The idea for this essay was sparked by a question I received from one of my oldest and closest friends here in Israel at my local book launch. You’ve lived here for half your life, she said, yet you chose to set the book in America. Was that difficult, she asked, and do I feel I still have a good enough grasp on America to write about it?
The easy answer I gave that night was that the final story in the book takes place in 2008, long before the Trump era, and as such I didn’t have to address the upside-down world in which we’ve found ourselves since November 9, 2016. The real answer goes a bit deeper. Many of the stories are set against a backdrop of what was happening in America at the time – World War II, the Civil Rights movement, Vietnam, and so on. But since family is at the core of the book, it makes perfect sense that I’ve set it in the place where my own family has lived for so long, though I no longer do.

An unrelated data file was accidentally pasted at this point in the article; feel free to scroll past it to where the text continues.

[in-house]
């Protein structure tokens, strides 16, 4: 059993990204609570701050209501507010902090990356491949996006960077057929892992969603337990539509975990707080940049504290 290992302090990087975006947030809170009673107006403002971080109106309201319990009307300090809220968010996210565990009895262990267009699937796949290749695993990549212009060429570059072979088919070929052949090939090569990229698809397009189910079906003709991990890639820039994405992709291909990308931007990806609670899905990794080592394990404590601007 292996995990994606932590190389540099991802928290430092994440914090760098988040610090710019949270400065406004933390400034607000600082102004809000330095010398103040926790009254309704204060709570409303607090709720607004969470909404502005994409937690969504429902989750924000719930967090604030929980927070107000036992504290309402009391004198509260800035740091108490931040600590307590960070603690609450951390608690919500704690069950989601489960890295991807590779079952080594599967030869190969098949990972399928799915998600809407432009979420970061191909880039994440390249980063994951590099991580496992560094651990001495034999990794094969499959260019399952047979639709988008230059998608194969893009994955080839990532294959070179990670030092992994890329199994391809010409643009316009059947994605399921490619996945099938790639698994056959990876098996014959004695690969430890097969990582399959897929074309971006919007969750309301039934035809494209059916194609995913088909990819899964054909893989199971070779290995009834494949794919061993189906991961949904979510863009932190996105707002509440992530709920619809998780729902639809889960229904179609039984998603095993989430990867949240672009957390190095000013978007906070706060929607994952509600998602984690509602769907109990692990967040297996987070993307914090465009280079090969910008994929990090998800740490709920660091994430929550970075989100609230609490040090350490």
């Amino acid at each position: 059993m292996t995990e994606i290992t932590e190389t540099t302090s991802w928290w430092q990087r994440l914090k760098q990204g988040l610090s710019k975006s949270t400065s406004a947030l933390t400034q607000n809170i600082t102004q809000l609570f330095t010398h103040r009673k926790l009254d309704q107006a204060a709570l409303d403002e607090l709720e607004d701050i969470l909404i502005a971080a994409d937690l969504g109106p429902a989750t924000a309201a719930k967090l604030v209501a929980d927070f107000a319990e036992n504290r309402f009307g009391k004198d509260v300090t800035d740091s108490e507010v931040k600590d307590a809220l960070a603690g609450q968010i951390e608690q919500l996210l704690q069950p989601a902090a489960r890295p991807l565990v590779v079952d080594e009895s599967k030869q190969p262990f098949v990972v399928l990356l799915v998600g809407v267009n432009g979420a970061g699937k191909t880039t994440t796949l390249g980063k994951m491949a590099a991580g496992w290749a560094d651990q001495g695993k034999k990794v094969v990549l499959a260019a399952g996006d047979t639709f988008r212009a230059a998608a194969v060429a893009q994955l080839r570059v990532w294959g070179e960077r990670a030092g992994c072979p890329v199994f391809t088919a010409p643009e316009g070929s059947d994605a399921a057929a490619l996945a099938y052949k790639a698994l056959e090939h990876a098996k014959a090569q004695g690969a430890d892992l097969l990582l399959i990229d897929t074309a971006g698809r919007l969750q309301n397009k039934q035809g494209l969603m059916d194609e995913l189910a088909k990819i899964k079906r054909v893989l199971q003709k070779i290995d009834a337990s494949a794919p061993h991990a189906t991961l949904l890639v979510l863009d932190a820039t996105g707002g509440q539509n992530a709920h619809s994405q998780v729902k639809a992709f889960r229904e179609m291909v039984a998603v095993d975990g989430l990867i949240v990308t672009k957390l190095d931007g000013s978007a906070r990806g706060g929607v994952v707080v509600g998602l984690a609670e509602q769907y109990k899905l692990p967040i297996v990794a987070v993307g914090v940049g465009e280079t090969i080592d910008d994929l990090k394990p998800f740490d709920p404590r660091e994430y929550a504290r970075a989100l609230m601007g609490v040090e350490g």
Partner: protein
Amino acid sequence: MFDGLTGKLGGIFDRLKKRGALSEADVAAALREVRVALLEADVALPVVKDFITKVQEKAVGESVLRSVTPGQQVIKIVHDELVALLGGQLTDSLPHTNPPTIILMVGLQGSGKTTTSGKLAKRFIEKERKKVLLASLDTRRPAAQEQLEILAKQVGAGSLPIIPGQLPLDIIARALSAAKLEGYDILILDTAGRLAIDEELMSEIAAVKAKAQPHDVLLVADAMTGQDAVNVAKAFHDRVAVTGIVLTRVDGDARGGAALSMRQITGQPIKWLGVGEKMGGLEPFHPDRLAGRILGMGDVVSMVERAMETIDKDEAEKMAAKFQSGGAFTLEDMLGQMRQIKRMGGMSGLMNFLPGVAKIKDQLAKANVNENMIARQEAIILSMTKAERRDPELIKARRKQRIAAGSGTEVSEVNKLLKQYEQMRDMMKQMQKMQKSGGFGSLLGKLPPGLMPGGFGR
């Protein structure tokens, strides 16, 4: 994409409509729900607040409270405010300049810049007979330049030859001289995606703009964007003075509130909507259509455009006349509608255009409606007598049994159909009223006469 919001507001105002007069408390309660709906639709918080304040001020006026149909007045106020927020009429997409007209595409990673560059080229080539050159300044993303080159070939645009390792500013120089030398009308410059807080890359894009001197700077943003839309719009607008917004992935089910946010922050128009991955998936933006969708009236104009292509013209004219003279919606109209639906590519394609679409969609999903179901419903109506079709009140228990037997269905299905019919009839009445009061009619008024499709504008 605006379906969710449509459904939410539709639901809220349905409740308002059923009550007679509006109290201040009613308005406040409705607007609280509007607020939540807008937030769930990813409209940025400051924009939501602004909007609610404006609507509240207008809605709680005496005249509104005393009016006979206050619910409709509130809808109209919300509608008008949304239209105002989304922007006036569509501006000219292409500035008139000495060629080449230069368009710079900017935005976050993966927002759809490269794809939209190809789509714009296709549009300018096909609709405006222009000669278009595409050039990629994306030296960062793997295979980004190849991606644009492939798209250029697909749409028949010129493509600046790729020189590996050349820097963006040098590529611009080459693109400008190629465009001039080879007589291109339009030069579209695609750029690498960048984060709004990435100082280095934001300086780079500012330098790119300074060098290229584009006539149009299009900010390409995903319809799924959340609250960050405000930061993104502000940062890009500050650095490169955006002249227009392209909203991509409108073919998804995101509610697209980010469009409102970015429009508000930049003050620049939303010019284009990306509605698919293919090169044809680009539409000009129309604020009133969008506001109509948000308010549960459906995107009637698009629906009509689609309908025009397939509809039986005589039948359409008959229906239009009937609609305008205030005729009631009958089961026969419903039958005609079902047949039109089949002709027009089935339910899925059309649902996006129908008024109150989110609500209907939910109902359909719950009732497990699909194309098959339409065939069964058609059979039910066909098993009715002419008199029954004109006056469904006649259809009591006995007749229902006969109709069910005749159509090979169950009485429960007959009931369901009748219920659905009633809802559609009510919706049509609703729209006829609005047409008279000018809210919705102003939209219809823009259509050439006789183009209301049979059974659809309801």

A native of Connecticut, Julie Zuckerman lives in Modiin, Israel, with her husband and four children. Her debut short story collection, The Book of Jeremiah, was the runner-up for the 2018 Press 53 Award for Short Fiction. She holds a BA in political science from Barnard College at Columbia University and an MA in international relations from Columbia University’s School of International and Public Affairs. She began writing in 2008 and has since published over two dozen stories, many of which can be found online. Her fiction and nonfiction have appeared in a variety of publications, including The SFWP Quarterly, The MacGuffin, Salt Hill, Sixfold, The Coil, Ellipsis, MoonPark Review, Crab Orchard Review and others.